The Qing Dynasty was first established in 1613 by the Manchus. In the year 1644 the Chinese capital at Beijing was captured by the leader Li Zicheng, and the Ming Dynasty.
The Qing Dynasty
The Manchus continued to expand into Central Eurasia, creating China’s largest enduring empire. Military preparedness was a preference for the Manchu rulers for maintaining control of the Qing Dynasty. The Manchu society was then divided into eight military groups, or banners, for defense.
Artistry & Trade
Farmers supplemented their homes by growing cash crops such as cotton which they spun to create clothe to use for the winter. Artisans spent their time creating hand-painted artwork with silks that became extremely popular, which helped make the empire wealthy.
Emperors Qianlong and Kangxi strengthened the empire by expanding it, reducing taxes, and increasing the wealth of the Dynasty by increasing farm and trade. The Qing leaders opened their ports to European influence, such as spreading Christianity and weakening their control and leading the Chinese to fall to the British control.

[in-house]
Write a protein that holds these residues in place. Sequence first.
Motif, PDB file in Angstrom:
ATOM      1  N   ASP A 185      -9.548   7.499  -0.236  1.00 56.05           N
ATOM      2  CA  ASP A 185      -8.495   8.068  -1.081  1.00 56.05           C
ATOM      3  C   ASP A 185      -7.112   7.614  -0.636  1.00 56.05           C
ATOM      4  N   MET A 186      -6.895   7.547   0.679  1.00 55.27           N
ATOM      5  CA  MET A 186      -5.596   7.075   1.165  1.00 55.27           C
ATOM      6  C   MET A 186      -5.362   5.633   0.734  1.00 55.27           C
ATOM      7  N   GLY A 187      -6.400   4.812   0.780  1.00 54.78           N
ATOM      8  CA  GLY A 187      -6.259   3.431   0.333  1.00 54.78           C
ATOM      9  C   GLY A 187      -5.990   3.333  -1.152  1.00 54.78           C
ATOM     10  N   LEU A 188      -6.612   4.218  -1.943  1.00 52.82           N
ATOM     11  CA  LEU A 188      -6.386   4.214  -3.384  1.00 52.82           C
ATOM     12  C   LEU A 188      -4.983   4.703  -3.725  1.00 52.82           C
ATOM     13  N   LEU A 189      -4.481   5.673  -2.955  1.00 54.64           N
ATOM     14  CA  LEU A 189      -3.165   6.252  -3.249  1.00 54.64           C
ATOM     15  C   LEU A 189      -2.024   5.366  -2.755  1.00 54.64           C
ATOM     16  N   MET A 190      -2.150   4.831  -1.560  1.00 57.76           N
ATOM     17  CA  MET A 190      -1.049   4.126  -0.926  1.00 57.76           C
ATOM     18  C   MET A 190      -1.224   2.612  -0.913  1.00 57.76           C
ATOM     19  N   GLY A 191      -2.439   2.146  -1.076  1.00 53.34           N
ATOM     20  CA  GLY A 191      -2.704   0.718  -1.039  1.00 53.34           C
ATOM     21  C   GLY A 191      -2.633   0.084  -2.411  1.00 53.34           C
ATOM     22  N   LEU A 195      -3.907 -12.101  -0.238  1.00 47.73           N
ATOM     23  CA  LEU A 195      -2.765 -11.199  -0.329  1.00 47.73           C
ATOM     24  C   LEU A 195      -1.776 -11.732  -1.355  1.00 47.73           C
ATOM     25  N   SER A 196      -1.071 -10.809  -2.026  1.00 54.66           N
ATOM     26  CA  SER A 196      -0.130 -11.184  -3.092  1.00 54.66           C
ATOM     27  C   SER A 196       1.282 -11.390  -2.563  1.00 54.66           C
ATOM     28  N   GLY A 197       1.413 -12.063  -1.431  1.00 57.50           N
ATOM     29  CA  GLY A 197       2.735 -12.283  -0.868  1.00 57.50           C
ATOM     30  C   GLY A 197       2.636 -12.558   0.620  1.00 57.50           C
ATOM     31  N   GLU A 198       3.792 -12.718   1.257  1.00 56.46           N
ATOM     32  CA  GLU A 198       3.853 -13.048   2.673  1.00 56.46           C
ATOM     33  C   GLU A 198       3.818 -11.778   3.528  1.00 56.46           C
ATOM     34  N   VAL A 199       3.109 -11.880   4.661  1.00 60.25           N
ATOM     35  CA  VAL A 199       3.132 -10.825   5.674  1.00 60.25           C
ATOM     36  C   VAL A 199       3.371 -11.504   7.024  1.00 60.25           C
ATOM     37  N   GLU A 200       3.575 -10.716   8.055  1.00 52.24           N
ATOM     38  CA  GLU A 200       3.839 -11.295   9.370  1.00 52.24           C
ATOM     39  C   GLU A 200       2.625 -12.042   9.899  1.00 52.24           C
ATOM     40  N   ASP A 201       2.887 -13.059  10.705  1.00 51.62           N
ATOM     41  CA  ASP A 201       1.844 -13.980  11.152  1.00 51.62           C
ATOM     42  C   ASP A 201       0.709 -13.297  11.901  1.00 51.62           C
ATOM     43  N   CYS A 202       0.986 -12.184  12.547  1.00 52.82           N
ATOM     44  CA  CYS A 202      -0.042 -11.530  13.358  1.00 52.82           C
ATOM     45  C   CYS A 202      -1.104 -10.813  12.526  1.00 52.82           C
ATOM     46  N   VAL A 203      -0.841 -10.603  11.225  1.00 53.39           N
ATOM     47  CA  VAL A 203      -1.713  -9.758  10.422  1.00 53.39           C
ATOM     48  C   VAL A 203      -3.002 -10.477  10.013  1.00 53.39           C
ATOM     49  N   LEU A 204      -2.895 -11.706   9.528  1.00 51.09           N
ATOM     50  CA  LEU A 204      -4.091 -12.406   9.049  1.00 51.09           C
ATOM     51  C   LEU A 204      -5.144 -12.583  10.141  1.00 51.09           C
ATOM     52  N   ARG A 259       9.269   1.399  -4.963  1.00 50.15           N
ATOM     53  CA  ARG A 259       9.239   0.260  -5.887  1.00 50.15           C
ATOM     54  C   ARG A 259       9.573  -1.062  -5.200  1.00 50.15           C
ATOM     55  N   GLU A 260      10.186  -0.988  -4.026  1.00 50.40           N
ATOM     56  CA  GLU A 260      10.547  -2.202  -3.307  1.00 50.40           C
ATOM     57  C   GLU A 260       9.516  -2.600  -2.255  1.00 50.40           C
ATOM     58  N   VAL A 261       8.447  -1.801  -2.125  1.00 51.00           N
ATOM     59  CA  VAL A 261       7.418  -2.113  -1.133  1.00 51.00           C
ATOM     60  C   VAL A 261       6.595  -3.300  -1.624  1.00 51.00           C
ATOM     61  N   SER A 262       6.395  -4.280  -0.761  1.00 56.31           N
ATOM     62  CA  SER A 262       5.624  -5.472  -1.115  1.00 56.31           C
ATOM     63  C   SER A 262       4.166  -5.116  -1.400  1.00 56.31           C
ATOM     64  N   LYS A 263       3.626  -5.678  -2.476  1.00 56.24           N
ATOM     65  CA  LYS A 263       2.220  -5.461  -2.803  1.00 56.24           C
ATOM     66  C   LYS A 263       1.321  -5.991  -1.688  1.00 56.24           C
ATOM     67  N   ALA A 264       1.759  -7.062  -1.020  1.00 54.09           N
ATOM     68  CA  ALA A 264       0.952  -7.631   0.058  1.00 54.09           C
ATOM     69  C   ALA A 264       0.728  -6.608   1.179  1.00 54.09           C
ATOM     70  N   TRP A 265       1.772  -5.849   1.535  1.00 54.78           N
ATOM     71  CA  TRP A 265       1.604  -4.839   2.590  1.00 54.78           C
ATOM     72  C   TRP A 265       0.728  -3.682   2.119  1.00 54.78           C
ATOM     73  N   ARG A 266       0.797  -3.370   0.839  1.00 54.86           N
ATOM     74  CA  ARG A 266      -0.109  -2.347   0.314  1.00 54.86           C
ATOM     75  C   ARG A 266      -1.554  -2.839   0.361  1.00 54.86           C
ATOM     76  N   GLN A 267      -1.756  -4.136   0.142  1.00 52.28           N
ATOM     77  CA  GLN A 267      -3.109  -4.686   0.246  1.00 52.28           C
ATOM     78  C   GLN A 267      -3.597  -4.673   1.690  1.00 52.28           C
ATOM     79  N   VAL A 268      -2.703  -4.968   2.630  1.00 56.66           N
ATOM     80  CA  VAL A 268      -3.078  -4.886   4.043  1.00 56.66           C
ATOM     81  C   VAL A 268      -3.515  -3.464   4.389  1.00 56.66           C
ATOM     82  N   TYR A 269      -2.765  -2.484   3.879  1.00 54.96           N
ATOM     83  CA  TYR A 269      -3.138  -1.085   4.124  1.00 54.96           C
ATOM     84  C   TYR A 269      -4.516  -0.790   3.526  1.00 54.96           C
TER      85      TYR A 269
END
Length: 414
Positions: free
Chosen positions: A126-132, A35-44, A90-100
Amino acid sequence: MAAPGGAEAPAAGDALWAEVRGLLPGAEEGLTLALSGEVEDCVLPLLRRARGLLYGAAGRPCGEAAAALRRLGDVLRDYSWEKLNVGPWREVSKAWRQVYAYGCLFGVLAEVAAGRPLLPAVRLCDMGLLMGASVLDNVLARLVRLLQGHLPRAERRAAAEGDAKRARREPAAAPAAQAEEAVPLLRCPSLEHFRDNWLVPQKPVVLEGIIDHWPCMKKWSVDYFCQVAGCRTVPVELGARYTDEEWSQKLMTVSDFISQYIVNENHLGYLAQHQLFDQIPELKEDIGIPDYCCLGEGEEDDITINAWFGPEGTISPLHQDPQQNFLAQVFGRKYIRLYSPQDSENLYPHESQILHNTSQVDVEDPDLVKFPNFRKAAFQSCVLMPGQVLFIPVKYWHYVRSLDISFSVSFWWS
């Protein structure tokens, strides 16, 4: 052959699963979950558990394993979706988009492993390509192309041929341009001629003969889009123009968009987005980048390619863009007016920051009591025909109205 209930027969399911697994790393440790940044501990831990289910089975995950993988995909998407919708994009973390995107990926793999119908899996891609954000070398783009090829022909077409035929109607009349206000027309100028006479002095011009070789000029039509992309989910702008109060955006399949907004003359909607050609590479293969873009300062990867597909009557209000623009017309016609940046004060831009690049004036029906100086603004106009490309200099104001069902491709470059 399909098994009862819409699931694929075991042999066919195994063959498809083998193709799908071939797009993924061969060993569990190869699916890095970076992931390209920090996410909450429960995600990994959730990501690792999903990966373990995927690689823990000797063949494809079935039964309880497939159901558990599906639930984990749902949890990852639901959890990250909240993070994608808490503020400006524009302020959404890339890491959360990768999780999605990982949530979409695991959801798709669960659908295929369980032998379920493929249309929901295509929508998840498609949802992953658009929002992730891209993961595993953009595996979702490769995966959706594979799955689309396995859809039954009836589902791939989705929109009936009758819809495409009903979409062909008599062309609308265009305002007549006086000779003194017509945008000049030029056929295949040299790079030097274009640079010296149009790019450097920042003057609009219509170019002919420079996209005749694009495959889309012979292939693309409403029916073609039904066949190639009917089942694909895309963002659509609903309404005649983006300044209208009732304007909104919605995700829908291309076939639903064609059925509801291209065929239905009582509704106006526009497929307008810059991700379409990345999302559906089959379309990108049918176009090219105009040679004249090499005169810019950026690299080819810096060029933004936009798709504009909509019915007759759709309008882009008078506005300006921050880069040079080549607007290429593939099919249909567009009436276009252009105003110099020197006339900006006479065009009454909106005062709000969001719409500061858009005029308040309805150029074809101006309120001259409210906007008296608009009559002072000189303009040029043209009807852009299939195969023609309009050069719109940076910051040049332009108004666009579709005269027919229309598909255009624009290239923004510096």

Artisans and farmers played a huge role in the Qing Dynasty, which made the empire very wealthy. Artisans created silk painted artworks that became very popular. Farmers grew cash crops for the winter to increase the wealth of the Dynasty. The Qing Dynasty lasted from 1644 - 1912. The Manchus would've been the last Dynasty of China but kept the empire under control for 300 years.
The Fall of The Qing Dynasty
The Qing dynasty lasted for almost 300 years, extended China’s borders farther than they had ever been before, and perfected the Chinese imperial system. The Qing Dynasty was also the last in China. Warfare, rebellions, overpopulation, economic disasters were some of the reasons due to the fall of this empire.